Rusty saw his father look upward and knew this was what he had been waiting to hear from the moment he walked in the door ... this was the real catch to it all.
"If you married her, you'd have an interest in the ranch yourself, it'd be half yours. You'd see that loan was paid one way or another. If I know you, and I do!"
"By God, you've gone nuts! Marry a complete stranger. That's just about the most crazy thing I've ever heard you say, Deke. And my breeding stock, too? Are you out of your mind?" Rusty took his hat off now and threw it on the couch. He ran a hand through his hair, rustling it. "You're talking about my life--my future! And not only that, you want me to throw it down the drain for a complete stranger."
"Oh for pete's sake, get a grip. You wouldn't have to make a big production out of the wedding. Just get it done legal. And you'd be helping her, and fulfilling a family obligation at the same time."
"My obligation you mean!"
"Well, what's so damned hard to understand, Rusty? We've lived all our lives by our family code. The code of a true cowboy."
"Oh no, you aren't really going to throw that at me, are you?" Rusty blustered. "The code of the West and all that malarky."
"We help our neighbors. Dad taught us that and Dad was obligated to this man, even though it seems you don't feel any at the moment. And this is one you are going to take care of personally. You've been mooning over Jennifer long enough. It's time you woke up, grew up."
"You've asked a lot of things, but this takes the cake, Deke. It's my stock you are talking about, not to mention my name she'll be using. What if she screws up?"
"Then you'll have to stick around long enough to make sure she doesn't."
"I can't believe you'd ask it of me. I don't owe her anything. This is crazy. Get somebody else." He started toward the door again, but his dad's tempered voice stopped him. It was tte kind of calm that blows in just before a tornado hits. Rusty recognized the signs.
"I depended on my men to help me in a crisis. George was there, every time. When Martha's time came and I was away on business, George dropped his own problems and was there. He stayed with her till I could get there. He drove what must have been a 100 miles an hour to get her to the hospital, in knee deep snow. And the man barely knew how to drive much less in snow. He carried her in himself. He stayed with her as long as they'd let him. And he was the first to see your ugly mug make it into this world. Not only that. He was the one that helped me let go of the memories later ... and get on with my life afterwards." Cal's voice almost broke, but he turned away for a second, then back to Rusty. "He'd been through it himself and knew what it took. He told me I had four good reasons to go on with life, don't mess it up, he said. He was a real friend Rusty, in every sense of the word. People like that don't grow on trees. I never had a better friend than that..."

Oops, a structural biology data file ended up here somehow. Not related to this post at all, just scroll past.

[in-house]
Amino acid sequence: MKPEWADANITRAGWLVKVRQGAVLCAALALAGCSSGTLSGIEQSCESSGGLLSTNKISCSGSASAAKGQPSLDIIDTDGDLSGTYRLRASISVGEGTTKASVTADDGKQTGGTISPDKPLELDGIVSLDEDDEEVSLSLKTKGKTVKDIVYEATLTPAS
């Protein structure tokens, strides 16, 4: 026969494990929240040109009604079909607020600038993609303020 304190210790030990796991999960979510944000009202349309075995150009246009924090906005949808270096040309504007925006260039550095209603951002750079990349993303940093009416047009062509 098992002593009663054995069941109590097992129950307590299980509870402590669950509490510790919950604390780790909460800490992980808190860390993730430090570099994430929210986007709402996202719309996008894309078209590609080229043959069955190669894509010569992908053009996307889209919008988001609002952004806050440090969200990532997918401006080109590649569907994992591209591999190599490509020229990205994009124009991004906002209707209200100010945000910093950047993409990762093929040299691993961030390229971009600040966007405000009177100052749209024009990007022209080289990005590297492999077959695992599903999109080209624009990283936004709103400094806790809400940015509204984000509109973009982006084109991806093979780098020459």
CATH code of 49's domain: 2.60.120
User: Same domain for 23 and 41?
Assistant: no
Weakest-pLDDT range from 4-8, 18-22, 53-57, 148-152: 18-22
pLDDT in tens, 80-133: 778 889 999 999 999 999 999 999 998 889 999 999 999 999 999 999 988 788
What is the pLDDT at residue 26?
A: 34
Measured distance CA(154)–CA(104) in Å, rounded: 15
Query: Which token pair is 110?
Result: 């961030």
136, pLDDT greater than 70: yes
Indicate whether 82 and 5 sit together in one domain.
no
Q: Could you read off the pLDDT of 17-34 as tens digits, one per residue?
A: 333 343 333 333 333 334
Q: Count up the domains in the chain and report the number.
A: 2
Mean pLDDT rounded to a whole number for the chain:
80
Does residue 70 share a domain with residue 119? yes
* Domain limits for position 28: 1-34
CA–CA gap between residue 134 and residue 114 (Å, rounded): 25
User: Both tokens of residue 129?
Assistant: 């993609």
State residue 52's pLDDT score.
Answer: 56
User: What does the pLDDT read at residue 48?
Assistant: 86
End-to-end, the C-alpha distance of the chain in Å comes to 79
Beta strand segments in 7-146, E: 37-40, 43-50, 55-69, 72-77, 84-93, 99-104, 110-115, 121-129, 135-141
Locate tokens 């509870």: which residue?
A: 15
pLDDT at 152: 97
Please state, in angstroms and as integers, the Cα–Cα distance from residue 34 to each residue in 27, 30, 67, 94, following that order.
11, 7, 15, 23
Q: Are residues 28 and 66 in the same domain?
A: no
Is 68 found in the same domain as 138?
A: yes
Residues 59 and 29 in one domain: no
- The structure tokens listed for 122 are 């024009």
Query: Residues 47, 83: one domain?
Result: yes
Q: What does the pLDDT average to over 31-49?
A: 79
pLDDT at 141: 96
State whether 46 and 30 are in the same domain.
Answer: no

"I've heard the story, dad." Rusty's voice lowered a little, with respect. "And I can appreciate the fact that you feel obligated, but this crosses the line of what you ask of a man, dad. This is going too far!"
"I know it's a lot to ask, son." Cal's voice broke again, and he almost turned away, but not before Rusty spotted the unshed tear in his father's eyes.
Dammit! Rusty wanted to run, because when his father got emotional, he knew he'd do almost anything for the man. He loved him so.
Then glancing at his youngest son Cal smiled sadly. "But she would have asked..."
Rusty hung his head. They were using the most bothersome trick of all ... emotions. Rusty couldn't fight emotions. Not with his family, he cared too much!
"Besides, you can get this annulled in six months to a year and no one will be the wiser. Once the loan is secured, and she's making regular payments, you can walk away from it. If you want to..."
"If I'd want to?" Rusty frowned again. "Why should I marry her? Give me one good reason?"
Deke nodded. "Because marrying her will make you part owner of that land. And I know you. You fight for what's yours. You always have. You'll make a go of it. And you'll be getting something out of the bargain too. Look, I wouldn't ask you to do this without you getting something from the bargain. This way, you both win."
After a moment Rusty looked at them both. "Does she know about this grand plan?"
"Yes, she's as reluctant as you, but it seems her brother has made her see the wisdom of it."
"So why me? Why not Jake?"
"Jake's got a full time job in Peaceful now, he can't uproot and go. I owe him that much, we all do. You know as well as I he's already sacrificed more than his fair share. I can't ask it of him. Clint's on vacation with Abby as you well know, and very much married now. So I certainly can't ask it of him. I've got all I can handle right here with my own brood. And Dad's sure in no shape to handle it. He's pretty upset about the whole thing. He feels he should do something. But you are the only one that can help. So you're elected." Deke declared as though the matter were settled.
"Aw, for crying out loud Deke. This isn't our business. This isn't the dark ages anymore either. Marrying a complete stranger, that's crazy. Why do we have to get involved with everyone's problems." He knew even before he argued the point that he would do it, but everything within him propelled him to defend his prize breeding stock to the end, not to mention his own freedom.